Baten and Mueller 1995: In this paper, we present a new approach for a safe, autonomous navigation through rough terrain. The necessary capabilities to solve such a complex task are performed by concurrent processing modules which use different data sources. With respect to the concurrent processing structure of the whole system, the well known test vehicle VaMoRs is equipped with a hybrid computer architecture. A transputer cluster forms the hardware system kernel which is connected with a standard PC, a GPS receiver, an inertial stabilized pan and tilt camera platform, an inertial sensor block and three CCD cameras.

All vision processes take advantage of the 4D-approach that exploits knowledge about the dynamics of the processes, to estimate the state variables of the vehicle and its environment. For navigation, terrain maps of different level of detail are used. With this static a priori knowledge, two tasks are performed: determining the own position in the map and planning a mission to reach a user-defined goal position. The initial position can coarsely be derived from GPS data. It will be determined more exactly while the mission is running fusing sensor data from odometry, gyroscopes and vision.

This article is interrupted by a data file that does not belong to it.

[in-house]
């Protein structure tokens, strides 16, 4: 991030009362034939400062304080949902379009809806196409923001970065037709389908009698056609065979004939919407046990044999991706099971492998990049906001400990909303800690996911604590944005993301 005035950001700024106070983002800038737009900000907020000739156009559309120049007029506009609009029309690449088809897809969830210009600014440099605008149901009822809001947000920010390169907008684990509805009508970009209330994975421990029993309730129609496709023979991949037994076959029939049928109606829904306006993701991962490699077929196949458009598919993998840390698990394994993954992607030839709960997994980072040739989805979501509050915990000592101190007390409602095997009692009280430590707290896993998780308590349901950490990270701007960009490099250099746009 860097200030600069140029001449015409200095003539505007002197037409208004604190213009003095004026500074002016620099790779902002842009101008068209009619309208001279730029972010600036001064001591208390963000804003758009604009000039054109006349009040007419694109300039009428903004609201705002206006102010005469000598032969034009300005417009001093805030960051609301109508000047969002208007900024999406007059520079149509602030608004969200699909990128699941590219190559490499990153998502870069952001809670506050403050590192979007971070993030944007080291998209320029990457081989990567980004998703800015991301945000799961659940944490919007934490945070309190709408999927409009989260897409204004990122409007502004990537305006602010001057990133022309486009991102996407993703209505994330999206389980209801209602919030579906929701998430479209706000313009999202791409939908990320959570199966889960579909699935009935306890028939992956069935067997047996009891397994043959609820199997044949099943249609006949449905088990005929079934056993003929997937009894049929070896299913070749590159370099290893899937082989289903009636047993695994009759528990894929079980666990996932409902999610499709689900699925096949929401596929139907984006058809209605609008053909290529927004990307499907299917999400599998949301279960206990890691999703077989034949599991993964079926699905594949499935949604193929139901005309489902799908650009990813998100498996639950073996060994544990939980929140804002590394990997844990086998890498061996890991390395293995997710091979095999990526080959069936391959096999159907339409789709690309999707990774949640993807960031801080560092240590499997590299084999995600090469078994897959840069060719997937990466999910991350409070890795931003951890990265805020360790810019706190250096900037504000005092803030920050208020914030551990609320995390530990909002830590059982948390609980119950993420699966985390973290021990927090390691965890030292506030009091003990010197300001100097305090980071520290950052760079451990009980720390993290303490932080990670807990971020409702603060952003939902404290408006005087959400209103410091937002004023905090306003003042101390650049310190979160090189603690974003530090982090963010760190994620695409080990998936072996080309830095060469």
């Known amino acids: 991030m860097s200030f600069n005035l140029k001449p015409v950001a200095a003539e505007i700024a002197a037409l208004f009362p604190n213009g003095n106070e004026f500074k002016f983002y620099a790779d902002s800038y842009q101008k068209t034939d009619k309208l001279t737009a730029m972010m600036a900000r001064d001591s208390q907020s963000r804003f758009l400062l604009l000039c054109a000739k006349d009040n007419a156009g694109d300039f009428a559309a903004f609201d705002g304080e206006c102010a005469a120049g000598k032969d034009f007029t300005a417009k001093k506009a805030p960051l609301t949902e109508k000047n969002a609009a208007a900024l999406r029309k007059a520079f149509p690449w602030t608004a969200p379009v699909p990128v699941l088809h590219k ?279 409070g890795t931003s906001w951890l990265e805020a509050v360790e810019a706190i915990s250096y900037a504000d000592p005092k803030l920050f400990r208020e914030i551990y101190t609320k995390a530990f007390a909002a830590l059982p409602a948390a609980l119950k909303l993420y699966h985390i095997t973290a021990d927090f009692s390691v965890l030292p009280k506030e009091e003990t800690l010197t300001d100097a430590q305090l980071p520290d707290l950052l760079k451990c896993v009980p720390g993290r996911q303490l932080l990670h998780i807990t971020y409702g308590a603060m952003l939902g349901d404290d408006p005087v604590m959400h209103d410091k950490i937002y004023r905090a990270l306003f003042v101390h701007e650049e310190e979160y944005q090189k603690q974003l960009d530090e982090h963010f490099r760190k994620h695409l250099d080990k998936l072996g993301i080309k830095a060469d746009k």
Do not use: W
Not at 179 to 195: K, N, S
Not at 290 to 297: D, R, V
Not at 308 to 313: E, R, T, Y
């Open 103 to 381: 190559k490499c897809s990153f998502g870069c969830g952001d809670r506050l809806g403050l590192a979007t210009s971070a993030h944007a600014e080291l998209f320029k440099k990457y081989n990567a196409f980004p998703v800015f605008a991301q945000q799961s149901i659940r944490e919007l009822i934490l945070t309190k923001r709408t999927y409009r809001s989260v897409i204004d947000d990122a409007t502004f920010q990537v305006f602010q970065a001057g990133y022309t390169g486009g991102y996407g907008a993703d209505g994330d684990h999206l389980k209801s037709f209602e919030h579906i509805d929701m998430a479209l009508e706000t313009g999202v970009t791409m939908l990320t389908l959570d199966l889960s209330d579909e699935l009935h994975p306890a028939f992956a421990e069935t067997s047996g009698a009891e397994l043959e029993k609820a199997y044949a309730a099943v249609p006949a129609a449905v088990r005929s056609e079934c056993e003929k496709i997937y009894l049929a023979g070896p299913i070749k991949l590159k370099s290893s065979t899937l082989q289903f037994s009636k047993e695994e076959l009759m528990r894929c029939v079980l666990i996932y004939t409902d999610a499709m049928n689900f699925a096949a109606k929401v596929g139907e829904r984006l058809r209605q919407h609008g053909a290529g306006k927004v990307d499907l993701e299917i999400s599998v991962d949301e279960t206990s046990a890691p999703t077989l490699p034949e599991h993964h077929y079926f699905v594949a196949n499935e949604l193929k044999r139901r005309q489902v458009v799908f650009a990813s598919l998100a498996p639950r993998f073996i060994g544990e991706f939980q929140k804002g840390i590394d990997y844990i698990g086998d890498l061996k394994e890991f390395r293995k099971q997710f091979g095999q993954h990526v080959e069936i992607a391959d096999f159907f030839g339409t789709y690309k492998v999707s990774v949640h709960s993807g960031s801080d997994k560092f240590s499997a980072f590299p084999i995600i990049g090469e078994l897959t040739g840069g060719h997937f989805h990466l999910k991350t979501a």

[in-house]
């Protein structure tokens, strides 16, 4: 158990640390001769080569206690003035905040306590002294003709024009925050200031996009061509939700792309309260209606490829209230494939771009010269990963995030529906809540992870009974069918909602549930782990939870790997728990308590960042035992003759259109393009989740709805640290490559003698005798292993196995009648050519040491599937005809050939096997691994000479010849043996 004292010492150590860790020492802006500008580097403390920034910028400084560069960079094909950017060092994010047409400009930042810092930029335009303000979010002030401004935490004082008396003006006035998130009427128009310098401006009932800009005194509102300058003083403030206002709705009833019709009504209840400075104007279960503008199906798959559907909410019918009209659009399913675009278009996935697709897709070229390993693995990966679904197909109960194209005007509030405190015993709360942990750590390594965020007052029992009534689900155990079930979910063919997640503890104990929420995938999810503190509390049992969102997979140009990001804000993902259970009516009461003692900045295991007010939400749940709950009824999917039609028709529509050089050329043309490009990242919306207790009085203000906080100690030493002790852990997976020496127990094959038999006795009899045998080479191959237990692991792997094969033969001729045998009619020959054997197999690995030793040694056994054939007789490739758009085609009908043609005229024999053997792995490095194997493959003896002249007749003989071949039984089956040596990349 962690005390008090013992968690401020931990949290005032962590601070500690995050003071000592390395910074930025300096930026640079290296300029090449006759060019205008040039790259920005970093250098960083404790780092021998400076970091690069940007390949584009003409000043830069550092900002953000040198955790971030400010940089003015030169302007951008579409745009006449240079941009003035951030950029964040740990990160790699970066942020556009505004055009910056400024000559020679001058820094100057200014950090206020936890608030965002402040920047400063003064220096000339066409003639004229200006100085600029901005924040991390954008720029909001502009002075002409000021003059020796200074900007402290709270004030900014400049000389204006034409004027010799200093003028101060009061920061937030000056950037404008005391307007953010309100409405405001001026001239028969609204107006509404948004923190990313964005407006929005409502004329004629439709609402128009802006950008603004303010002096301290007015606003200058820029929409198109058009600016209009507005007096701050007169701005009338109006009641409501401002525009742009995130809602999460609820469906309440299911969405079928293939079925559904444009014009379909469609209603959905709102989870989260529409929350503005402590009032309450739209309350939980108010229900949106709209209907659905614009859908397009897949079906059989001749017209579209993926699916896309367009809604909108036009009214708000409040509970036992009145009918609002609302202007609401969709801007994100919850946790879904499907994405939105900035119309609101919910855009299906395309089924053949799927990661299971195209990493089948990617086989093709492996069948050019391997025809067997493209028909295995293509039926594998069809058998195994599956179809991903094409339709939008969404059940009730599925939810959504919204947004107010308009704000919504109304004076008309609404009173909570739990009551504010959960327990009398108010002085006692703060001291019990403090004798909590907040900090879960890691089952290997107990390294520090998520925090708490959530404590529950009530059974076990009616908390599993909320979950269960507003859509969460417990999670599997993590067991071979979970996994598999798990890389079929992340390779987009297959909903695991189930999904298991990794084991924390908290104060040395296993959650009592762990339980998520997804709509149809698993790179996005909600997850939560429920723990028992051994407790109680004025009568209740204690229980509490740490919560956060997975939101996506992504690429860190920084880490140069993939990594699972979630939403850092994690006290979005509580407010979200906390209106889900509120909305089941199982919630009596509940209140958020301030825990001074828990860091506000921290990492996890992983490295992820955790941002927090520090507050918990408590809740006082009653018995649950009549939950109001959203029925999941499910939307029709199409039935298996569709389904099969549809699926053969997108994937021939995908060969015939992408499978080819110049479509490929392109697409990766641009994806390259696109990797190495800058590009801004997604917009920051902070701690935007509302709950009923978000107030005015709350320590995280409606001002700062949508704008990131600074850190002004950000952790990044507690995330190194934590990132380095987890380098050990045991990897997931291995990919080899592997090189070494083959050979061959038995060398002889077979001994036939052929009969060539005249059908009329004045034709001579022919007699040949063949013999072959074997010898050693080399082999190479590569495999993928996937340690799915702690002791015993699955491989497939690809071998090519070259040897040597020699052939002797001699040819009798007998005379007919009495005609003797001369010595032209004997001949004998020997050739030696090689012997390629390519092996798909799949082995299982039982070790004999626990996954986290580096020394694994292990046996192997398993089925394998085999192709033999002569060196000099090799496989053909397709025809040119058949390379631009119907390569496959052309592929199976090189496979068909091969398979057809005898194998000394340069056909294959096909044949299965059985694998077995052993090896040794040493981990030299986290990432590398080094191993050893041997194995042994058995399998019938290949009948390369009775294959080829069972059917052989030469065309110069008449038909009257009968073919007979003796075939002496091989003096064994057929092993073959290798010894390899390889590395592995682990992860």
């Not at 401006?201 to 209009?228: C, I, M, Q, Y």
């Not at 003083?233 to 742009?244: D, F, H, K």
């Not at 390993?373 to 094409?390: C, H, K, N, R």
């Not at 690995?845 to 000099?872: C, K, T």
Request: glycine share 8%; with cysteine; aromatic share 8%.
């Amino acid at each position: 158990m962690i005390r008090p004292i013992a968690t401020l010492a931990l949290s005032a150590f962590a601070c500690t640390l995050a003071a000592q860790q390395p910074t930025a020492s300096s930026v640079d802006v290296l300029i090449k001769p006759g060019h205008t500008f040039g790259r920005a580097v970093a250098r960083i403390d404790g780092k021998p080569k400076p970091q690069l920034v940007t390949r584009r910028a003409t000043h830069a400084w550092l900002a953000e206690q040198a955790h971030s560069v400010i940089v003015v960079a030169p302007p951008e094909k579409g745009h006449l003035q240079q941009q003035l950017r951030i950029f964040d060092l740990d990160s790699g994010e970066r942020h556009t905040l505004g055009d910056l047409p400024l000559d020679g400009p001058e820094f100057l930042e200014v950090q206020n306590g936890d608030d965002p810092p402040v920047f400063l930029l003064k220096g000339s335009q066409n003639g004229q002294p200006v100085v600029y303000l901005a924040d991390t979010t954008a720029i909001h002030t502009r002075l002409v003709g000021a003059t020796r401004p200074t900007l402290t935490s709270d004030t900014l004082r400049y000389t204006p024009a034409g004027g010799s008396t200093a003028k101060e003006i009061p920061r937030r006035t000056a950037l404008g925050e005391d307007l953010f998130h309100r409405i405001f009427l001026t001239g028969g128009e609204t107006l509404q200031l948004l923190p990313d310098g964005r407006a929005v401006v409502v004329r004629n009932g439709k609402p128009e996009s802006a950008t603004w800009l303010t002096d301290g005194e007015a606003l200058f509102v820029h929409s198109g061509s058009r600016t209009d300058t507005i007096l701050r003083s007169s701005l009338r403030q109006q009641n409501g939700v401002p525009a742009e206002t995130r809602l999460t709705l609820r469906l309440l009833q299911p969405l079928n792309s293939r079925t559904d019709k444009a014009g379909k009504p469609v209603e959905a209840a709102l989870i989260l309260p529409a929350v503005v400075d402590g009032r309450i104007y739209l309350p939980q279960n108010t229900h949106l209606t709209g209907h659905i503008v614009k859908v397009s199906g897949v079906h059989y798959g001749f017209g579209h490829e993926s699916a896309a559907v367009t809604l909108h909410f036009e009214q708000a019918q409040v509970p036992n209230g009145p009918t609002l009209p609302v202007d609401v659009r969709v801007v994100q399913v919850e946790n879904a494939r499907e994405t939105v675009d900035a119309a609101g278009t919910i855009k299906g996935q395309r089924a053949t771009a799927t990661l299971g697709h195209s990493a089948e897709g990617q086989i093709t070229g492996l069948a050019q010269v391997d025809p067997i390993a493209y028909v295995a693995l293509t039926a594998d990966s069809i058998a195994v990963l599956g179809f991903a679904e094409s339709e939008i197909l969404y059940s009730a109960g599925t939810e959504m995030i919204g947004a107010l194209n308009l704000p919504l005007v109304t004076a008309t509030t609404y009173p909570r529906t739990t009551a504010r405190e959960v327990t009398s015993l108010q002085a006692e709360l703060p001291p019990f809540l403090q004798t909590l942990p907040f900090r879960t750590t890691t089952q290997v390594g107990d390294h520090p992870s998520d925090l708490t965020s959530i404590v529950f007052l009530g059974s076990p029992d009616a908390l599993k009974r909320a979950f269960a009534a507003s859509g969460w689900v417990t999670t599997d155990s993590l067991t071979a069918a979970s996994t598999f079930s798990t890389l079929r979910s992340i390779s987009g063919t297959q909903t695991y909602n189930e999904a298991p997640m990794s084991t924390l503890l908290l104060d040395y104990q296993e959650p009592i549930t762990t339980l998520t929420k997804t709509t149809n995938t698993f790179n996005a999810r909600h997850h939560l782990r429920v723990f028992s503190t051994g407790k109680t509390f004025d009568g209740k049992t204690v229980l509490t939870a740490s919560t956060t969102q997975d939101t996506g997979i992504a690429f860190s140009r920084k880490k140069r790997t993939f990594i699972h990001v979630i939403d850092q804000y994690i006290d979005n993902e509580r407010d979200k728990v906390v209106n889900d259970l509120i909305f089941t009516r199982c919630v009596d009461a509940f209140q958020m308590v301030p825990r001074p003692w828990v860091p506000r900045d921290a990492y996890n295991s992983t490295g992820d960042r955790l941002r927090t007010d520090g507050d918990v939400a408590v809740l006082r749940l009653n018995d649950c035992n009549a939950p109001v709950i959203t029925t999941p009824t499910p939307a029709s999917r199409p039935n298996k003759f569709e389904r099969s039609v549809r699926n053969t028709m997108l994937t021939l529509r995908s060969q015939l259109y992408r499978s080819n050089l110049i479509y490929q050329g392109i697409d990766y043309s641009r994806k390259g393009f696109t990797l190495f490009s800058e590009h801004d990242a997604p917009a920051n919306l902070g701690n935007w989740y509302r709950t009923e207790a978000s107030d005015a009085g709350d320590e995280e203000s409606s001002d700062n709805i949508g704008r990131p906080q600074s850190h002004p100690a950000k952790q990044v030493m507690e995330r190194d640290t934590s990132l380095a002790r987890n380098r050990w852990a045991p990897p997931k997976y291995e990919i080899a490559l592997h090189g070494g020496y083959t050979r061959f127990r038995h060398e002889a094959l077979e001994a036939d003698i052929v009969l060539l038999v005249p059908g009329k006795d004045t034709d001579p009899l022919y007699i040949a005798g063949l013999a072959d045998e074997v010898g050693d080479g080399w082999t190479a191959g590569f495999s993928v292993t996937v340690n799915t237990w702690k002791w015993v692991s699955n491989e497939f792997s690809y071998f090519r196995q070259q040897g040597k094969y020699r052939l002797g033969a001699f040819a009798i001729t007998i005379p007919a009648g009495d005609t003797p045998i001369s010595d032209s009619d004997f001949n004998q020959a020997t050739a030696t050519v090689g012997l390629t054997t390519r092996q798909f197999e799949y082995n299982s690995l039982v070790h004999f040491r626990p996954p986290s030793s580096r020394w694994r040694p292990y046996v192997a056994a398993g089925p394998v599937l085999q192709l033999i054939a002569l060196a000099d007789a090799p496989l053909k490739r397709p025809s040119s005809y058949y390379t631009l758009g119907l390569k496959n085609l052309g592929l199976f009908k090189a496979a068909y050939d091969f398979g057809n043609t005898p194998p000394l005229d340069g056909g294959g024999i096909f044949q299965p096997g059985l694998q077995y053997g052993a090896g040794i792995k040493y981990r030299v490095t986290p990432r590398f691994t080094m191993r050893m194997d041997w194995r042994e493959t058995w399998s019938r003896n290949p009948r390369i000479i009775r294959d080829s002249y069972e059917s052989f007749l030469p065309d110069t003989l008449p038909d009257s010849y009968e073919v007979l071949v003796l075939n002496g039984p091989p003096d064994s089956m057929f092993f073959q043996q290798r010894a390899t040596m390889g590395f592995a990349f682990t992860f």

Knowing about the own position, the navigation program can focus attention on expected landmarks and it selects the control mode of the vehicle. Several control modes are available, such as road following, convoy driving and turning-off. The latter will be described in more detail. A branch-off is searched for in the image. After being found, its form parameters are estimated using recursive filter techniques. The form parameters determine the clothoid path the vehicle shall follow. It is defined for a constant steering rate which is set by a feed-forward control program. Gaze is feed-forward controlled, too, in order to keep the region of interest in the image.